Frevillea rosaea A. Milne-Edwards, 1880

CASTRO, PETER & NG, PETER K. L., 2010, Revision of the family Euryplacidae Stimpson, 1871 (Crustacea: Decapoda: Brachyura: Goneplacoidea), Zootaxa 2375 (1), pp. 1-130 : 56-59

publication ID 10.11646/zootaxa.2375.1.1

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Frevillea rosaea A. Milne-Edwards, 1880


Frevillea rosaea A. Milne-Edwards, 1880 View in CoL

Frevillea rosaea A. Milne-Edwards 1880b: 15 View in CoL [ St. Vincent]. — A. Milne-Edwards & Bouvier 1923: 337, pl. 6, fig. 1 [diagnosis; St. Vincent]. — Chace 1940: 47 [ Cuba]. — Guinot 1969b: 513; 1971: 1080 [in list]. — Soto 1985: 483; 1986: 3, 4, 33; 1991: 627 [Florida]. — McLaughlin et al. 2005: 257 [in list]. — Ng et al. 2008: 78 [in list].

Goneplax rosaea — Rathbun 1918: 25 [in key], 27.

Type material. Female lectotype, 15.7 mm × 22.7 mm, 1 male paralectotype, 10.1 mm × 16.3 mm, 1 preadult female paralectotype, 5.0 mm × 7.9 mm ( MNHN-B10152 ) .

Type locality. West Indies , off St. Vincent, 13°06.75’N, 61°06.9’W, 158 m. GoogleMaps

Material examined. West Indies. U.S. C.S.S. Blake, stn. 232: female lectotype, 15.7 mm × 22.7 mm, 1 male paralectotype, 10.1 mm × 16.3 mm, 1 pre-adult female paralectotype, 5.0 mm × 7.9 mm (MNHN- B10152) .

Diagnosis. See Remarks for Frevillea .

Remarks. The known type material of F. rosaea consists of three specimens, one male, one female, and one pre-adult female (MNHN-B10152). Labels indicate “type” and “juv. cotypes” without any indication as to which specimen is the actual holotype. No additional information is given in the description (A. Milne- Edwards 1880b: 15), and as such, all the specimens must be regarded as syntypes. A subsequent publication with a more detailed account of the species (A. Milne-Edwards & Bouvier 1923: 337) refers to a female as the “type” (le type chargé d’oeufs) and the specimen illustrated is similarly referred to as type femelle (A. Milne- Edwards & Bouvier 1923: 337). Rathbun (1918: 27) referred to the “female holotype in Paris Mus. (After A. Milne Edwards.)”. The action by A. Milne-Edwards & Bouvier (1923) is equivalent to the selection of a lectotype for the species. A. Milne-Edwards & Bouvier also referred to the three other specimens.. These specimens are all paralectotypes. The whereabouts of the presumed fourth specimen is unknown. It is not found in the collections of the Museum of Comparative Zoology (MCZ), Harvard University, where part of the type material of F. barbata is deposited (see above) as both species were described from the same Blake material collected by L. Agassiz.

The female specimen (15.7 mm × 22.7 mm) is here regarded as the lectotype and a damaged male without gonopods (10.1 mm × 16.3 mm) and the pre-adult female (5.0 mm × 7.9 mm) as paralectotypes. All three specimens are part of the same lot catalogued as MNHN-B10152.

Distribution. Western Atlantic from Florida and the West Indies. Depth: 159–476 m ( Soto 1986).

Genus Henicoplax n. gen.

Heteroplax View in CoL — Miers 1879: 39 [discussion] (part). — Balss 1922a: 136 (part). — Sakai 1939: 555 [in key], 560 (part); 1976: 531 (part). — Guinot 1969b: 511 (part); 1971: 1080 [in list] (part). — Serène & Lohavanijaya 1973: 71 [discussion] (part). — Karasawa & Kato 2003b: 130 [in list] (part). — Ng et al. 2008: 78 [discussion] (part). — De Grave et al. 2009: 33 [in list] (part).

Otmaroplax Števčić 2005: 134 [nomen nudum] (part).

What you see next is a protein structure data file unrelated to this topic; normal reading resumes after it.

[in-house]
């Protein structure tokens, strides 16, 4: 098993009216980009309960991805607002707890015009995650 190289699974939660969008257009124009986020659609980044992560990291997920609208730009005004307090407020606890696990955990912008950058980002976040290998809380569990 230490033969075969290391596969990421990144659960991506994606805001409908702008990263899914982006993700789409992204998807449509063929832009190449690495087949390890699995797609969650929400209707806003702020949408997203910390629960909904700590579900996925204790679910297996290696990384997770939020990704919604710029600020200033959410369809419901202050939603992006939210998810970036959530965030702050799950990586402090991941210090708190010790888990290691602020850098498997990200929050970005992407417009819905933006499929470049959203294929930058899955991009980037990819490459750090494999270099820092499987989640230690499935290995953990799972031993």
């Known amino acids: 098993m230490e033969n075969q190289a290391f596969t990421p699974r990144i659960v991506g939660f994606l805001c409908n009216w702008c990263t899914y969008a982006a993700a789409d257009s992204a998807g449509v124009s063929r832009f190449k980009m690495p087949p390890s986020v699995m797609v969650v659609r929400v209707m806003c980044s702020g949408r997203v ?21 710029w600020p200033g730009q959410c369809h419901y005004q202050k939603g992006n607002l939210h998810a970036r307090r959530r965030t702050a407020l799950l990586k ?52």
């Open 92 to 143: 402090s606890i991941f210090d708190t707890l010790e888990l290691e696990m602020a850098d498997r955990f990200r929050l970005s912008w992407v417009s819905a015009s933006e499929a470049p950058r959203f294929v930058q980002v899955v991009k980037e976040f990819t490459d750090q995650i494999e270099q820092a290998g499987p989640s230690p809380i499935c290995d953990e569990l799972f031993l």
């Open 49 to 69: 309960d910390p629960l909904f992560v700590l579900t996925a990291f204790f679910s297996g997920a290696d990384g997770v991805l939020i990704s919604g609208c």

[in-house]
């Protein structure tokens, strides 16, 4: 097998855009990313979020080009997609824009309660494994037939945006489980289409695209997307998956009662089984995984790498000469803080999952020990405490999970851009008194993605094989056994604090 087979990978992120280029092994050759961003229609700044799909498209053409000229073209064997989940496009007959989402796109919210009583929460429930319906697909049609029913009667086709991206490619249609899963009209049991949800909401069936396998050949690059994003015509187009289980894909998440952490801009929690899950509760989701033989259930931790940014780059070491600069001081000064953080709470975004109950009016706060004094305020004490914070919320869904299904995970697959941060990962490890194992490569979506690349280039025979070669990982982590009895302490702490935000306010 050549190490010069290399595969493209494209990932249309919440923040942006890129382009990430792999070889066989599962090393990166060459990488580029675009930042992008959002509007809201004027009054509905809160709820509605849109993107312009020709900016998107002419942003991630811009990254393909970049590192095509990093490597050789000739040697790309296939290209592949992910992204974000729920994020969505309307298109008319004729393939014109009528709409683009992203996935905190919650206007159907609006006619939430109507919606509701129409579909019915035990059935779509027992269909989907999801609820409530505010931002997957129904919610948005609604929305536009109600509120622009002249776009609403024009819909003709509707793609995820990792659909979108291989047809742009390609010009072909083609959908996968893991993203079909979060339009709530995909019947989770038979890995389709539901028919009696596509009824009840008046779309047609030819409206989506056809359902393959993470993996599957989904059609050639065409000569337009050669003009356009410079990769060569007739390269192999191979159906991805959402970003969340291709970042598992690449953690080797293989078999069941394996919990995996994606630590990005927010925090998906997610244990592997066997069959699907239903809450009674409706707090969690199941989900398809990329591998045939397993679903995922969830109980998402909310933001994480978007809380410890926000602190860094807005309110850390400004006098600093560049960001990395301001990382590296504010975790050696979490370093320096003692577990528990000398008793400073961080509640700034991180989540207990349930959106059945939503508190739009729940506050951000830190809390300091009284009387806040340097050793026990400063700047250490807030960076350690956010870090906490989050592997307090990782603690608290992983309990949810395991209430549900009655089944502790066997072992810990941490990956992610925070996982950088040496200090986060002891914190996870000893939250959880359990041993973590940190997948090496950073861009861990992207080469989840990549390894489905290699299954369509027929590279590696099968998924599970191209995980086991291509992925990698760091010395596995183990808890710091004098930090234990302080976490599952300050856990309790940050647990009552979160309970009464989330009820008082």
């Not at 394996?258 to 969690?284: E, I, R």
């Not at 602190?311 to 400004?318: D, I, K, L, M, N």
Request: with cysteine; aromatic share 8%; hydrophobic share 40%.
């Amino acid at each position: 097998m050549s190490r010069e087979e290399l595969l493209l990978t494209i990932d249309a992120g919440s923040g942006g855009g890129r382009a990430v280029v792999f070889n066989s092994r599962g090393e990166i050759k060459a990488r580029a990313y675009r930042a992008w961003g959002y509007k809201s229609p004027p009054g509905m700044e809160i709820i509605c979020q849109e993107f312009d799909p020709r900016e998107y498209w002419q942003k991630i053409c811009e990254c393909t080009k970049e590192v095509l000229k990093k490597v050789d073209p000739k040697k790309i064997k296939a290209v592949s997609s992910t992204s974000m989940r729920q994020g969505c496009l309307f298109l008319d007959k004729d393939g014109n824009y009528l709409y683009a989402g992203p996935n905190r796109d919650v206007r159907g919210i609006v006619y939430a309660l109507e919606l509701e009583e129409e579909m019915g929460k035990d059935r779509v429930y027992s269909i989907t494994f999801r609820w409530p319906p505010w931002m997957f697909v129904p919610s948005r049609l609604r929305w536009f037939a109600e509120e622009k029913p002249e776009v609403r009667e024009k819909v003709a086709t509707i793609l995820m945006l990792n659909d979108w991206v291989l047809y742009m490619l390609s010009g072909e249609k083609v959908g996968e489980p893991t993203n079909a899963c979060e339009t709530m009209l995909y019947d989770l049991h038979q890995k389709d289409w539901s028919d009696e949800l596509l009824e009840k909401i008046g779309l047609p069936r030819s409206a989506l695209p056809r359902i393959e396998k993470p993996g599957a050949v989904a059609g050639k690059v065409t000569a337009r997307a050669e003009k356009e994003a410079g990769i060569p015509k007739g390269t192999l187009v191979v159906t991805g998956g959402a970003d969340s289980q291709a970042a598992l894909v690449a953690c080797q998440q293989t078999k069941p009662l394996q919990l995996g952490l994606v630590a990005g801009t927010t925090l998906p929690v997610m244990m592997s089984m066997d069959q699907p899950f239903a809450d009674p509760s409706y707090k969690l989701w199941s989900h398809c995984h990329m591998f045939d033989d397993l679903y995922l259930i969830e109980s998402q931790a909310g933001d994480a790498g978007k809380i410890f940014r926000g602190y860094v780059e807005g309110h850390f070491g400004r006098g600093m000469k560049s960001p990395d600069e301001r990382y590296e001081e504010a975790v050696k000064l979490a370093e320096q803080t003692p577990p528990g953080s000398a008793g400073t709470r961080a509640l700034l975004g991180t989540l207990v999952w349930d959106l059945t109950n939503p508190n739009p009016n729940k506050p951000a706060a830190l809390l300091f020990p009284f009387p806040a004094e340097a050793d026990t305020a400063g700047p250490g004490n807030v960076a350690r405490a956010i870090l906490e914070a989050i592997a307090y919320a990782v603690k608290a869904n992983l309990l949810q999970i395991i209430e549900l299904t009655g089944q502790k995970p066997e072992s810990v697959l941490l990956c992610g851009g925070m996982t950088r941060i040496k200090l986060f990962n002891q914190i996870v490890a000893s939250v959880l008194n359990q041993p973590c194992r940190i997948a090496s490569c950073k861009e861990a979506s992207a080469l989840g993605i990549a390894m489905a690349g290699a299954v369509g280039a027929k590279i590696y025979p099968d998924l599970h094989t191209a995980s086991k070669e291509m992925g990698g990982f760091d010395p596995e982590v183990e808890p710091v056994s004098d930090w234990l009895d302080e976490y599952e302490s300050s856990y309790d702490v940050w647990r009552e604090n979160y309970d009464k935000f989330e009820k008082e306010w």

Diagnosis. Carapace ( Figs. 21A View FIGURE 21 ; 22A View FIGURE 22 ; 23A View FIGURE 23 ; 25A View FIGURE 25 ; 26A, C View FIGURE 26 ) hexagonal, transversely rectangular, wider than long, convex; anterolateral borders short, nearly straight; dorsal surface smooth without clear indication of regions, transverse depression (postorbital ridge; Fig. 25A View FIGURE 25 ) below each orbit extending from anterolateral tooth, becoming progressively shallower before disappearing at level of eye (absent in H. trachydactylus n. sp.); front wide, straight, median notch absent or barely visible, truncate margin. One triangular, short anterolateral tooth posterior to much larger, triangular, anteriorly-oriented outer orbital tooth. Orbits long, longer or almost as long as front (e.g. Figs. 22A, C View FIGURE 22 ; 23A, C View FIGURE 23 ), sinuous, thin, entire (notches absent) supraorbital border; thin, weakly granular, entire (notches absent), sinuous suborbital border with broad median lobe; inner suborbital tooth absent (e.g. Figs. 21E View FIGURE 21 ; 22C View FIGURE 22 ; 23C View FIGURE 23 ; 26E View FIGURE 26 ). Eye peduncles long, more than half of frontal width, much longer than large, slightly elongated corneas (e.g. Figs. 21A View FIGURE 21 , 22C View FIGURE 22 , 23C View FIGURE 23 ). Basal antennal article slightly mobile without disto-lateral process, orbital hiatus is closed excluding antennal flagellum from orbit ( Figs. 22C View FIGURE 22 , 23C View FIGURE 23 ). Anteroexternal margin of third maxilliped merus auriculiform or angular. Cheliped fingers moderately stout, very short granules on dorsal margin of dactylus, slightly longer than slender propodus, light coloured; setation varying from short, simple, setae on anterior margin of carpus, propodus to dense tomentum on dactylus, propodus, carpus, merus ( H. eriochir n. sp.; Fig. 21B View FIGURE 21 ). Dorsal margins of ambulatory legs (P2–P5) meri, carpi, propodi unarmed, dactyli slender, smooth, setose; P5 propodus long, subcylindrical, fringed with setae; dactylus, long, slender, fringed with setae ( Fig. 27A, B View FIGURE 27 ). Thoracic sternum ( Figs. 21D, F View FIGURE 21 ; 22E View FIGURE 22 ; 23D View FIGURE 23 ; 25G View FIGURE 25 ; 26F View FIGURE 26 ) wide; thoracic suture 2/3 complete, convex ( Figs. 21B View FIGURE 21 ; 23B View FIGURE 23 ; 26F View FIGURE 26 ); 3/4 deep, short, interrupted; 4/5, 6/7, 7/8 interrupted, 5/6 complete ( Figs. 21D, F View FIGURE 21 ; 23D View FIGURE 23 ; 25G View FIGURE 25 ; 26F View FIGURE 26 ); median groove on thoracic sternites 7, 8. Sternoabdominal cavity of male deep, only reaching median portion of sternite 4, anterior extremity rounded ( Figs. 21D View FIGURE 21 ; 22B View FIGURE 22 ; 25B View FIGURE 25 ; 26B View FIGURE 26 ). Press-button of male abdominal-locking mechanism as small tubercle near thoracic suture 4/5 ( Fig. 21D View FIGURE 21 ). Male abdomen narrow, slender, transversely narrow telson, lateral margins of somites 4–6 abruptly narrowing from somite 3 to narrow telson ( Figs. 21C View FIGURE 21 ; 22D View FIGURE 22 ; 25B View FIGURE 25 ); somite 3 reaching inner margins of P5 coxae ( Figs. 21C View FIGURE 21 ; 22D View FIGURE 22 ; 25C, D View FIGURE 25 ), sometimes locking under thoracic sternite 7 ( Fig. 25D View FIGURE 25 ), no portion or small portion ( Figs. 22D View FIGURE 22 ; 25D View FIGURE 25 ) on each side of thoracic sternite 8 left exposed by closed abdomen, somite 2 transversely almost as long as somite 3 (except H. eriochir n. sp., where somite 2 transversely shorter than somite 3 leaving large portion on each side of thoracic sternite 8 left exposed by closed abdomen; Fig. 21C View FIGURE 21 ). G1 long, slender, slightly sinuous ( Fig. 22E View FIGURE 22 ), acuminate apex (transversely cut in H. nitida and H. pilimeles n. sp. [ Fig. 24G–J View FIGURE 24 ], slightly transverse in H. maldivensis [ Fig. 24D, E View FIGURE 24 ]), with relatively few, small denticles ( Figs. 24A, B, D, E, G–J View FIGURE 24 ; 27C, D View FIGURE 27 ); G2 less than one-third of G1, straight, apex with 2 unequal processes: one long, tip obtuse or acute; second much shorter, tip obtuse or acute ( Figs. 24C, F, K View FIGURE 24 ; 27E View FIGURE 27 ). Male genital opening (gonopore) coxal; coxo-sternal disposition of long penis, protected by concave posterior portion of thoracic sternite 7 ( Figs. 21D View FIGURE 21 ; 22E View FIGURE 22 ; 25E View FIGURE 25 ). Vulva small, ovoid, slightly elongated, extending transversely across anterior portion of sternite 6 close to median axis of thorax, sternal vulvar cover absent ( Figs. 21F View FIGURE 21 ; 23D View FIGURE 23 ; 25G View FIGURE 25 ; 26F View FIGURE 26 ).